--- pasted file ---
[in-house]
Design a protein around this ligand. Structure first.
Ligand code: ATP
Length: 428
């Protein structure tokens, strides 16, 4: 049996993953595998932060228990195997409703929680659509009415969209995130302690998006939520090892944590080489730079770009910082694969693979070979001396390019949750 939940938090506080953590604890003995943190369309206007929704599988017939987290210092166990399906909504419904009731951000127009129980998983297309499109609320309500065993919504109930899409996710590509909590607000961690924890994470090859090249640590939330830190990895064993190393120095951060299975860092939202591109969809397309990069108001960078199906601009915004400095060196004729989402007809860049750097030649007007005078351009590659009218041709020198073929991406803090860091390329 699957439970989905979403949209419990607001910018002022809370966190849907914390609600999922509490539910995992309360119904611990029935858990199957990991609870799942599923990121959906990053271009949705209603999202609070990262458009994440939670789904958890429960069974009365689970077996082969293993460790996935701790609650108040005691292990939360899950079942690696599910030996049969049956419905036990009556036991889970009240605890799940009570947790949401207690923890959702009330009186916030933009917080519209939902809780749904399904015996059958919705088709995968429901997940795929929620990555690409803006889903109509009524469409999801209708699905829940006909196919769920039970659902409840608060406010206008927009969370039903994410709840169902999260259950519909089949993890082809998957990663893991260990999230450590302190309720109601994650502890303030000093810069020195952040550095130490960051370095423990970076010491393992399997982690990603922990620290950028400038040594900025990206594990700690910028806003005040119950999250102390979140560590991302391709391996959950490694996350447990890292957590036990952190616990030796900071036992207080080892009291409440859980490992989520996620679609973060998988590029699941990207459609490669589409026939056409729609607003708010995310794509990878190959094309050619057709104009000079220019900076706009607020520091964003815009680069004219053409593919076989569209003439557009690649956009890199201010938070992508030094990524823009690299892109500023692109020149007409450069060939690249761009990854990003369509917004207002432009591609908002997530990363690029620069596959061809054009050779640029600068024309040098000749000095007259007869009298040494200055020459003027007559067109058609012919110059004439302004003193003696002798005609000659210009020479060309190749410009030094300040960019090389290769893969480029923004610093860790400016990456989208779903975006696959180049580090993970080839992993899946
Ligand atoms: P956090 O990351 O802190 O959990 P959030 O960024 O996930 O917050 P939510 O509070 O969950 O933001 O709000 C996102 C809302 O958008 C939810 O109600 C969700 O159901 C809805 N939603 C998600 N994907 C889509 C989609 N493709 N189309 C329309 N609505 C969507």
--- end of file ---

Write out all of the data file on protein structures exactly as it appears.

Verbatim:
[in-house]
Design a protein around this ligand. Structure first.
Ligand code: ATP
Length: 428
């Protein structure tokens, strides 16, 4: 049996993953595998932060228990195997409703929680659509009415969209995130302690998006939520090892944590080489730079770009910082694969693979070979001396390019949750 939940938090506080953590604890003995943190369309206007929704599988017939987290210092166990399906909504419904009731951000127009129980998983297309499109609320309500065993919504109930899409996710590509909590607000961690924890994470090859090249640590939330830190990895064993190393120095951060299975860092939202591109969809397309990069108001960078199906601009915004400095060196004729989402007809860049750097030649007007005078351009590659009218041709020198073929991406803090860091390329 699957439970989905979403949209419990607001910018002022809370966190849907914390609600999922509490539910995992309360119904611990029935858990199957990991609870799942599923990121959906990053271009949705209603999202609070990262458009994440939670789904958890429960069974009365689970077996082969293993460790996935701790609650108040005691292990939360899950079942690696599910030996049969049956419905036990009556036991889970009240605890799940009570947790949401207690923890959702009330009186916030933009917080519209939902809780749904399904015996059958919705088709995968429901997940795929929620990555690409803006889903109509009524469409999801209708699905829940006909196919769920039970659902409840608060406010206008927009969370039903994410709840169902999260259950519909089949993890082809998957990663893991260990999230450590302190309720109601994650502890303030000093810069020195952040550095130490960051370095423990970076010491393992399997982690990603922990620290950028400038040594900025990206594990700690910028806003005040119950999250102390979140560590991302391709391996959950490694996350447990890292957590036990952190616990030796900071036992207080080892009291409440859980490992989520996620679609973060998988590029699941990207459609490669589409026939056409729609607003708010995310794509990878190959094309050619057709104009000079220019900076706009607020520091964003815009680069004219053409593919076989569209003439557009690649956009890199201010938070992508030094990524823009690299892109500023692109020149007409450069060939690249761009990854990003369509917004207002432009591609908002997530990363690029620069596959061809054009050779640029600068024309040098000749000095007259007869009298040494200055020459003027007559067109058609012919110059004439302004003193003696002798005609000659210009020479060309190749410009030094300040960019090389290769893969480029923004610093860790400016990456989208779903975006696959180049580090993970080839992993899946
Ligand atoms: P956090 O990351 O802190 O959990 P959030 O960024 O996930 O917050 P939510 O509070 O969950 O933001 O709000 C996102 C809302 O958008 C939810 O109600 C969700 O159901 C809805 N939603 C998600 N994907 C889509 C989609 N493709 N189309 C329309 N609505 C969507």